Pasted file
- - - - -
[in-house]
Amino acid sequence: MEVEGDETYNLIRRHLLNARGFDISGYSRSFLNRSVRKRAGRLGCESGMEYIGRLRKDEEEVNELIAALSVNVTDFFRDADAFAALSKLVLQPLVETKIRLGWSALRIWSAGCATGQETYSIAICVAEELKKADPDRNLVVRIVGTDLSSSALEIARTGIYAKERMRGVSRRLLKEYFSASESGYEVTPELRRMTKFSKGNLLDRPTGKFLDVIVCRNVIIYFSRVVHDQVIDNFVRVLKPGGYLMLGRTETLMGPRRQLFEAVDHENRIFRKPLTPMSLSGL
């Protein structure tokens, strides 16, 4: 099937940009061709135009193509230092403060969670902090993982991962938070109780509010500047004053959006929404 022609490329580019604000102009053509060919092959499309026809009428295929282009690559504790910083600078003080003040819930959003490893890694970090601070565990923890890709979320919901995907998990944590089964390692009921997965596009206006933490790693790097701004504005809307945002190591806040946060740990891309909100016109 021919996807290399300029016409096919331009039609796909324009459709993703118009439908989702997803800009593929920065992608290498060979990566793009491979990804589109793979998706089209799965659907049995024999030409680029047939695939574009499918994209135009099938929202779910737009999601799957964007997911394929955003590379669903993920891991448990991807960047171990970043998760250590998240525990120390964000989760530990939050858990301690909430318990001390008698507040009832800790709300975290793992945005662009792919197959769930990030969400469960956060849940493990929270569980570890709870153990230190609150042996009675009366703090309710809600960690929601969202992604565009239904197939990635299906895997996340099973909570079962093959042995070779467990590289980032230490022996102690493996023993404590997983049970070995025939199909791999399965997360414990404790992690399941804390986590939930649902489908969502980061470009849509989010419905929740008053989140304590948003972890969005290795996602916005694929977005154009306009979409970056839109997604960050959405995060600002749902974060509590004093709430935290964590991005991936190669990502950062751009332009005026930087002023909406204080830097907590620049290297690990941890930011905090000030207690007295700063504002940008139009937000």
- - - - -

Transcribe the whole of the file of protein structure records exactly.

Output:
[in-house]
Amino acid sequence: MEVEGDETYNLIRRHLLNARGFDISGYSRSFLNRSVRKRAGRLGCESGMEYIGRLRKDEEEVNELIAALSVNVTDFFRDADAFAALSKLVLQPLVETKIRLGWSALRIWSAGCATGQETYSIAICVAEELKKADPDRNLVVRIVGTDLSSSALEIARTGIYAKERMRGVSRRLLKEYFSASESGYEVTPELRRMTKFSKGNLLDRPTGKFLDVIVCRNVIIYFSRVVHDQVIDNFVRVLKPGGYLMLGRTETLMGPRRQLFEAVDHENRIFRKPLTPMSLSGL
């Protein structure tokens, strides 16, 4: 099937940009061709135009193509230092403060969670902090993982991962938070109780509010500047004053959006929404 022609490329580019604000102009053509060919092959499309026809009428295929282009690559504790910083600078003080003040819930959003490893890694970090601070565990923890890709979320919901995907998990944590089964390692009921997965596009206006933490790693790097701004504005809307945002190591806040946060740990891309909100016109 021919996807290399300029016409096919331009039609796909324009459709993703118009439908989702997803800009593929920065992608290498060979990566793009491979990804589109793979998706089209799965659907049995024999030409680029047939695939574009499918994209135009099938929202779910737009999601799957964007997911394929955003590379669903993920891991448990991807960047171990970043998760250590998240525990120390964000989760530990939050858990301690909430318990001390008698507040009832800790709300975290793992945005662009792919197959769930990030969400469960956060849940493990929270569980570890709870153990230190609150042996009675009366703090309710809600960690929601969202992604565009239904197939990635299906895997996340099973909570079962093959042995070779467990590289980032230490022996102690493996023993404590997983049970070995025939199909791999399965997360414990404790992690399941804390986590939930649902489908969502980061470009849509989010419905929740008053989140304590948003972890969005290795996602916005694929977005154009306009979409970056839109997604960050959405995060600002749902974060509590004093709430935290964590991005991936190669990502950062751009332009005026930087002023909406204080830097907590620049290297690990941890930011905090000030207690007295700063504002940008139009937000």